Guido on python3 for beginners

Terry Reedy tjreedy at udel.edu
Thu Feb 18 03:40:07 EST 2016


On 2/18/2016 2:27 AM, Chris Angelico wrote:
> On Thu, Feb 18, 2016 at 5:47 PM, Steven D'Aprano
> <steve+comp.lang.python at pearwood.info> wrote:
>> There are more features in Python 3, so in that trivial sense of "more to
>> learn", I suppose that it is objectively correct that it is harder to learn
>> than Python 2. But I don't think the learning curve is any steeper. If
>> anything, the learning curve is ever-so-slightly less steep.
>
> Let's see... changes in Py3.
>
> 1) Division of two integers now yields a float instead of flooring.
> For someone fresh to programming, that's a Py3 advantage, although it
> can cause surprises elsewhere. But since 1.0==1, it's not going to be
> a problem for a new programmer. Advantage: Py3.
>
> 2) Strings are Unicode text, and files etc may need to have their
> encodings declared. Definitely causes some issues in ASCII-only
> situations, where a lot of other languages (notably including PHP, for
> the people building web sites) let you be sloppy. Advantage: Py3 if
> you speak any language other than English; otherwise Py2 in the very
> short term, neither in the medium term, and most definitely Py3 in the
> long term (no more "funny characters break my program" errors long
> after deployment).
>
> 3) Laziness. When you explain to someone what the range() function
> does, Py2 makes a list, but Py3 makes... a range. It doesn't really
> answer the question at all. When you ask Py2 for a dictionary's
> keys/values, you get a list; Py3 gives you a thing that mostly acts
> like a list, only it isn't. If you map a function over a list, you get
> back a lazy thing that will eventually call that function. Py2 often
> has less levels of indirection, ergo less things to try to explain.
> Advantage: Py2; the benefits (lower memory usage, etc) aren't
> significant to new users.
>
> 4) Exception chaining. You get more information when errors cascade.
> Advantage: Py3, easily and without any question.
>
> 5) print statement/function. Py3 forces you to put parentheses on it,
> which is no different from C's printf() or Pike's write() or any
> number of other languages where console I/O needs no language support.
> Maybe a tiny TINY advantage to Py2 in the short term, but as soon as
> you introduce the less basic features, keyword arguments are way
> better than the magic syntax the statement needs. (Also, trying to
> explain the interaction between the print statement's "soft space" and
> other console I/O is not easy.) By the time you've really learned the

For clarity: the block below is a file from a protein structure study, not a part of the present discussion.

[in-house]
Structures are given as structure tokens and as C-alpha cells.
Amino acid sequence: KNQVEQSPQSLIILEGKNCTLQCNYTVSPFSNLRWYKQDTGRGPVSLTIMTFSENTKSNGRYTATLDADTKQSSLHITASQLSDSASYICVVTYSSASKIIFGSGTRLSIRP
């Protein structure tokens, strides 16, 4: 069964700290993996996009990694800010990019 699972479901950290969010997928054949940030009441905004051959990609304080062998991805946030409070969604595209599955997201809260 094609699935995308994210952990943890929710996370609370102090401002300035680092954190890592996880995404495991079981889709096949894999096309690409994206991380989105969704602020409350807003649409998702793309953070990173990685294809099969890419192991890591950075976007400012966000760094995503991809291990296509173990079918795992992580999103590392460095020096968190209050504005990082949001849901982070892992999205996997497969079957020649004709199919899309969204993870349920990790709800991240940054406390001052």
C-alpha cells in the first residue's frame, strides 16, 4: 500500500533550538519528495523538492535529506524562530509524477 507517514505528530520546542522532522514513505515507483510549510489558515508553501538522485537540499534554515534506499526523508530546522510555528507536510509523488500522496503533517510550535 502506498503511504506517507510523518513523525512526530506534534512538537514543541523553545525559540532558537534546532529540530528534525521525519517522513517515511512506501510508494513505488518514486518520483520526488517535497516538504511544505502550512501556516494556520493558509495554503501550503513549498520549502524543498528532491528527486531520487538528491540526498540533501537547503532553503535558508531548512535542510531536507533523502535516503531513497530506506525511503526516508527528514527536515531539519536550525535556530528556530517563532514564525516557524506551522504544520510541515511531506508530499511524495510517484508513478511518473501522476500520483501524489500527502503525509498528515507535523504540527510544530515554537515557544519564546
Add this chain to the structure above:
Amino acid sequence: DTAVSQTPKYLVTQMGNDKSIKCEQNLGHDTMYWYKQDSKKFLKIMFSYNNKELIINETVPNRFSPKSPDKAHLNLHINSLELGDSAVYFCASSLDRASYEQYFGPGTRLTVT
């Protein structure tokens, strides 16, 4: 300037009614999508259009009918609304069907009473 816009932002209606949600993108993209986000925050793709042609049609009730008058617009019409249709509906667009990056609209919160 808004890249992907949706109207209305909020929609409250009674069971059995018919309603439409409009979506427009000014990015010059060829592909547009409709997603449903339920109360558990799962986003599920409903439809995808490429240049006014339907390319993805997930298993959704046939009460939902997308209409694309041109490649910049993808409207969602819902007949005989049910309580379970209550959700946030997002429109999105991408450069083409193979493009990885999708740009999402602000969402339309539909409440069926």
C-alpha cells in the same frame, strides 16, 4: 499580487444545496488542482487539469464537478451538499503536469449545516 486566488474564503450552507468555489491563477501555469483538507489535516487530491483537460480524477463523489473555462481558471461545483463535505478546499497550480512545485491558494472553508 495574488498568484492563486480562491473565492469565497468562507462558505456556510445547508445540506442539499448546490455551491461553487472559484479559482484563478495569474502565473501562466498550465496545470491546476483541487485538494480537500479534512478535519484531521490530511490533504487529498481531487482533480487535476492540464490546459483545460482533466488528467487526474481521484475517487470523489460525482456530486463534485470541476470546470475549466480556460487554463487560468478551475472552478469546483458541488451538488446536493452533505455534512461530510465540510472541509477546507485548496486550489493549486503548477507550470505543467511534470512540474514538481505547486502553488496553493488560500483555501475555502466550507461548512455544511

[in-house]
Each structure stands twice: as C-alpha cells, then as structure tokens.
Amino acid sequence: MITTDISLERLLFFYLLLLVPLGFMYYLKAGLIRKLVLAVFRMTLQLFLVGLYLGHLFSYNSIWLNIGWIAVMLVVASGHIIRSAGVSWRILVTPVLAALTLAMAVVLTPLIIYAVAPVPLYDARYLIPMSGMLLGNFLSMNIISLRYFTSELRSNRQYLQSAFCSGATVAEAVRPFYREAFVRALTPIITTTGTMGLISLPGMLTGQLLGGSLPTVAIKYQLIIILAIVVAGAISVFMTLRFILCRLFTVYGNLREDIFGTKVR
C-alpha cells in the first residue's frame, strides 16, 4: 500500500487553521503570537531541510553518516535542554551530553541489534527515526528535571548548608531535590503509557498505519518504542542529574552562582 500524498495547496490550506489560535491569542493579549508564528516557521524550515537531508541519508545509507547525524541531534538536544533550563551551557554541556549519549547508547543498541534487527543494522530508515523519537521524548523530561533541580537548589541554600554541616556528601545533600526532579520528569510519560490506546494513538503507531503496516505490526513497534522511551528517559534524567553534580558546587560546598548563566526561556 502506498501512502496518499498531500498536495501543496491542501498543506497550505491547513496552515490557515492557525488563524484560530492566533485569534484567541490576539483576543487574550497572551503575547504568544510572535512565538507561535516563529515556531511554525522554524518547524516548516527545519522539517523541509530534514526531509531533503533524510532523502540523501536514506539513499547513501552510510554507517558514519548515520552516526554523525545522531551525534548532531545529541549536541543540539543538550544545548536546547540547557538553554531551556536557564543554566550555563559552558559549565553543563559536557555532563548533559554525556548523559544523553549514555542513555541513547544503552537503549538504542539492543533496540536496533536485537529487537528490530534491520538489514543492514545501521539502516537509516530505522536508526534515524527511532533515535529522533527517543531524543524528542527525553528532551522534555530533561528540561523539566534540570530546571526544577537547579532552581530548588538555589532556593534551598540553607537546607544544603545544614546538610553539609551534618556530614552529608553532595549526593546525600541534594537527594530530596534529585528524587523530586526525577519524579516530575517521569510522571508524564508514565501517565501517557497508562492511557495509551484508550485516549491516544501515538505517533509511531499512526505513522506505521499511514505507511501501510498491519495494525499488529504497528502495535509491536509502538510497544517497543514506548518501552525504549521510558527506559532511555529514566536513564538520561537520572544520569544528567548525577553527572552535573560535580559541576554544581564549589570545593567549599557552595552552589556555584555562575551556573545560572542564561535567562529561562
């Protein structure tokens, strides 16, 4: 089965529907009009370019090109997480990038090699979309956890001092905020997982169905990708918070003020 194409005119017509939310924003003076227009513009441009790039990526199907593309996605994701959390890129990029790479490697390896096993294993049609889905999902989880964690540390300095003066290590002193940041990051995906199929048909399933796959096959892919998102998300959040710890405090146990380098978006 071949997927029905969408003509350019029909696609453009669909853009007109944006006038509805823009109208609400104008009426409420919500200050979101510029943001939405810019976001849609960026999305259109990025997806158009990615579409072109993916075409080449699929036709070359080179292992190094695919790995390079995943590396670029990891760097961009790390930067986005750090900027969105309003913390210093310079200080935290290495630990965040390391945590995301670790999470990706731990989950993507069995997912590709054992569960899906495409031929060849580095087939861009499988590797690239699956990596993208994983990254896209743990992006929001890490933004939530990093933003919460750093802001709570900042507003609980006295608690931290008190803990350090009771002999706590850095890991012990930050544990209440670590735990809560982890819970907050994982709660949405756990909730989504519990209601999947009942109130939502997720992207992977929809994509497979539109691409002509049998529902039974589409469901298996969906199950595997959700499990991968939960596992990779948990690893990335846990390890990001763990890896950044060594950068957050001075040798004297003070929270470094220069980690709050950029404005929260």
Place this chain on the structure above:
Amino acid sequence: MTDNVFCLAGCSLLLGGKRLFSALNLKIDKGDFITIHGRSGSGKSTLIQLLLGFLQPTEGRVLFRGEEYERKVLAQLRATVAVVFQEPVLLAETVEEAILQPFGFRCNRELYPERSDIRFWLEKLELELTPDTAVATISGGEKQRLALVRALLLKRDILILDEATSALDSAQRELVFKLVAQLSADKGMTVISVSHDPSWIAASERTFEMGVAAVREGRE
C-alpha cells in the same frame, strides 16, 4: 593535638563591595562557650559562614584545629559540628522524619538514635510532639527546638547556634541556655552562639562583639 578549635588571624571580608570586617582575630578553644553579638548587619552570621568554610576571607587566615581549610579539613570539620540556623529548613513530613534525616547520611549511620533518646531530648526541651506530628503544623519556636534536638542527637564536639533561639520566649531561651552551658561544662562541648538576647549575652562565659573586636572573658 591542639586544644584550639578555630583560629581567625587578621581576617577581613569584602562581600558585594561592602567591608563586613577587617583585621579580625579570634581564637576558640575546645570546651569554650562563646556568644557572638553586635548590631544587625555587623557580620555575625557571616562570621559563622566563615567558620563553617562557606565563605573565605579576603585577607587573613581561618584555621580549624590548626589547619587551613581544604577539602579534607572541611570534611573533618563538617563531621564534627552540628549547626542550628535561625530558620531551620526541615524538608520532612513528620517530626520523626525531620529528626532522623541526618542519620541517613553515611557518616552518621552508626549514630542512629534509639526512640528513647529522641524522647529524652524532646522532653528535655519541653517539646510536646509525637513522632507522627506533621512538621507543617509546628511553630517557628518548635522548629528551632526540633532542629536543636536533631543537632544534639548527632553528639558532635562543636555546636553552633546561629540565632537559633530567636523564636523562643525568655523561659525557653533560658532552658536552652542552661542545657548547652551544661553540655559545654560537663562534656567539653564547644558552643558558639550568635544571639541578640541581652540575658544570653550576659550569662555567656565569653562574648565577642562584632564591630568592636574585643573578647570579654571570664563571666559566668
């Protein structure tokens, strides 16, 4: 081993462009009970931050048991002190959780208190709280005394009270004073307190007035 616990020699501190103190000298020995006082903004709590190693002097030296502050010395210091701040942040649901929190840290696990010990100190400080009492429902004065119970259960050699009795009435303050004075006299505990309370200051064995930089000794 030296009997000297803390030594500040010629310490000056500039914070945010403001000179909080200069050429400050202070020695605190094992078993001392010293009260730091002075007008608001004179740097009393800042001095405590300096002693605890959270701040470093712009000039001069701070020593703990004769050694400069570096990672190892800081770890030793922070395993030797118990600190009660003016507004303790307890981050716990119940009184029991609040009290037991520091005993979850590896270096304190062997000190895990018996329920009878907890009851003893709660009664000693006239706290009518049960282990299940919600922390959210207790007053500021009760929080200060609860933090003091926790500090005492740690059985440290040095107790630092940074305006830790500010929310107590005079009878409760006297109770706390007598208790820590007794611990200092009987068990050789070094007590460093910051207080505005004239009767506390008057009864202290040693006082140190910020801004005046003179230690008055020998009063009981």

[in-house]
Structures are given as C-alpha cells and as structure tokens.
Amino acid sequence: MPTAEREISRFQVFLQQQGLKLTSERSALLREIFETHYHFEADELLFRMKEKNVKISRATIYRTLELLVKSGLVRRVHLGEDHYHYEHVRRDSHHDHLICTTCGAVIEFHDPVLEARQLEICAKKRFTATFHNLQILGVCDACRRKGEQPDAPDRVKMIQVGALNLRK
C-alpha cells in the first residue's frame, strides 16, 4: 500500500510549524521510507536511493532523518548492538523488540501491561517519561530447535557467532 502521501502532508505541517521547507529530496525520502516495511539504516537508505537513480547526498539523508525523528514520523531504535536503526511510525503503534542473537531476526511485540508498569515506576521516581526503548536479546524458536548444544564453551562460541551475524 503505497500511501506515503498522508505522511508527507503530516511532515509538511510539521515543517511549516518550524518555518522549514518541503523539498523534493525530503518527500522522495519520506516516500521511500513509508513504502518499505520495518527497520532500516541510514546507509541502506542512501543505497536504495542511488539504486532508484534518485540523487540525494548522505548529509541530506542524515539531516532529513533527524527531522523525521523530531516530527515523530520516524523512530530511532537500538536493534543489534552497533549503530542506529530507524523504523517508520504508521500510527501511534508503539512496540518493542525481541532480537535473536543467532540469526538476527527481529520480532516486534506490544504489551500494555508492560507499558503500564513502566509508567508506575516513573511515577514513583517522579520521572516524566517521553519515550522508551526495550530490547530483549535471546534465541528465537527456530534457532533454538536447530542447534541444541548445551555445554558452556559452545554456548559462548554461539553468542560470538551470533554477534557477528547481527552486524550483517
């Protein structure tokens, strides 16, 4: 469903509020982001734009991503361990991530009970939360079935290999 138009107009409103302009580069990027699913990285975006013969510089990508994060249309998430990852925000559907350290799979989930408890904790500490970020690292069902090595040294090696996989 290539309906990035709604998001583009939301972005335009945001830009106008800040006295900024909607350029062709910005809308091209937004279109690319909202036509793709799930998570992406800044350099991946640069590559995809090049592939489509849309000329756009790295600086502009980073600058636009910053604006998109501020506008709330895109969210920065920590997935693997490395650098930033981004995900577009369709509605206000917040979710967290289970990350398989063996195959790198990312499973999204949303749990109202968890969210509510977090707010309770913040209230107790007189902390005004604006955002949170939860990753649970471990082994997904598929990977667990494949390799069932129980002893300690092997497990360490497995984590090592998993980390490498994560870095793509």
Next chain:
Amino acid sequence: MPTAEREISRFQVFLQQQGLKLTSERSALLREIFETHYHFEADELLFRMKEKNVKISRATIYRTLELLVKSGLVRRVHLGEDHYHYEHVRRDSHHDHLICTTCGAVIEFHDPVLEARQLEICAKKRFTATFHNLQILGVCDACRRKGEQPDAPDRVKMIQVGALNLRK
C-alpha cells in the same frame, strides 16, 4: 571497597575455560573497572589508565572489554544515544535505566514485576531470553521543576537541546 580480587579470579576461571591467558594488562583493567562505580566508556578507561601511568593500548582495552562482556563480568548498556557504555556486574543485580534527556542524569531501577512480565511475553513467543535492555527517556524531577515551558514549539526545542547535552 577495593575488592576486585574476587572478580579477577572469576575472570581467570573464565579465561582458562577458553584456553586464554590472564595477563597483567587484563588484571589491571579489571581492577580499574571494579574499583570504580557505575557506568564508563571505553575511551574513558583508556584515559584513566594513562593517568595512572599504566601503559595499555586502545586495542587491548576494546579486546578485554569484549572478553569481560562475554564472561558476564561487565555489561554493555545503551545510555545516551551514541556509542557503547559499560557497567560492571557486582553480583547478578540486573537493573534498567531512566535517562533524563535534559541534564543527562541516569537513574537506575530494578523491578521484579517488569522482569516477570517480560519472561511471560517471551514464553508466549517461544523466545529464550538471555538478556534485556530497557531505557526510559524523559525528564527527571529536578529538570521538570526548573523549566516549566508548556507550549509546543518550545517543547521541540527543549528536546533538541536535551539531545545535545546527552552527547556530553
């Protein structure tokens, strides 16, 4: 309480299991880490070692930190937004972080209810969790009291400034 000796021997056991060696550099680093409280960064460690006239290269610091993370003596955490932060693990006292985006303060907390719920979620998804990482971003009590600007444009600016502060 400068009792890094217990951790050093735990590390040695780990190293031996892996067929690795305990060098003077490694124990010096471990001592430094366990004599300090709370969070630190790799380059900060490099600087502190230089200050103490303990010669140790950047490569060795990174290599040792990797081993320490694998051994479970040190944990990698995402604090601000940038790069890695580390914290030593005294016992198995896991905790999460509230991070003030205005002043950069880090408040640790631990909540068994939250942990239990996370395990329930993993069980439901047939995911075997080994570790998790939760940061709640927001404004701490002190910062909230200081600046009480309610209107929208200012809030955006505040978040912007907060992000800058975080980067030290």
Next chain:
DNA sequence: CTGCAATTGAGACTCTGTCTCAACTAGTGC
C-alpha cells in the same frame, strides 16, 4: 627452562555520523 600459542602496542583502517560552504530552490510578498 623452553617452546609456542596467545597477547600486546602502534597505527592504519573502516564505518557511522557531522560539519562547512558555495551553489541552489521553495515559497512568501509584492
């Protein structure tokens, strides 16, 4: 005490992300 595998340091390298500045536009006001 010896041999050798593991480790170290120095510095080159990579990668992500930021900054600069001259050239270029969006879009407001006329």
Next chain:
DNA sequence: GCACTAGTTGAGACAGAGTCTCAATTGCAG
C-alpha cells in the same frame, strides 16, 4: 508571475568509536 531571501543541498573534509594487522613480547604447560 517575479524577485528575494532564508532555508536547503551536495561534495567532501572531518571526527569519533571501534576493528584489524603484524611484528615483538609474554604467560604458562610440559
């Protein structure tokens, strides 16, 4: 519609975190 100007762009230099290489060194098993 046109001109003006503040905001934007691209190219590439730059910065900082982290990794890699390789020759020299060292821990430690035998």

> language, the advantage belongs to Py3.
>
> 6) The fact that the name "python" may not invoke the interpreter you
> want. Advantage: Py2, if any; there'll be times when they're on par,
> but Py3 never comes out ahead.
>
> 7) Whether or not the interpreter comes pre-installed on your system.
> As of a few years ago, that was a clear advantage to Py2 (most systems
> would ship with both, or neither, or Py2 only), but that's shifting.
> It's only a small difference, though; on Windows, you generally get
> nothing, and on any system with a decent package manager, you should
> be able to request either version with ease.
>
> It's actually a pretty tough call. Most of the Py3 advantages aren't
> for the absolute beginner; it's not easier to write "Hello, world" in
> Py3, and aside from the change to integer division, most of the
> changes won't benefit small-to-medium scripts either. The biggest
> advantage (Unicode by default) really only shows itself by sparing you
> hassles later on - it's not going to make your life easier in the
> short term, ergo it's not going to make the language easier to learn.
> Py3 isn't so much easier as _better_. There are specific situations
> where it's massively better, but for the most part, they're about on
> par.

8. 2.x has two subtlely different types of classes.  The 2.x docs do not 
document the type of builtin and stdlib classes. I discovered that 
tkinter classes are still old-style in 2.7 when I backported a patch 
from 3.x to 2.7 and it mysteriously did not work. Py 3 wins here.  To 
me, this alone makes 2.x a bad choice for most beginners.

9. Two integer classes and the nuisance of 'L' suffix.  Py 3 wins for 
beginners, at least.  (Mentioned by Inaki).

10. Two except-clause syntaxes in 2.7, just one in 3.x.  -1 syntax is 
+1 vote for 3.x

11.  To test is something is text, isinstance s, c), where 'c' is one of 
str, bytes, unicode, basestring, (bytes, unicode), (str, unicode).  +1 
for 3.x.

12. 2.7 has two different open' functions, open and io.open.  In 3.x 
these are the same opjects.  I believe there are other 3.x backports 
like this.

13. 2.7 has two ways to apply arguments to functions: apply and *args. 
3.x only has the latter.

To my mind, the numerous duplications and overlaps in 2.7 that are gone 
in 3.x make 2.7 the worse version ever for beginners.


-- 
Terry Jan Reedy



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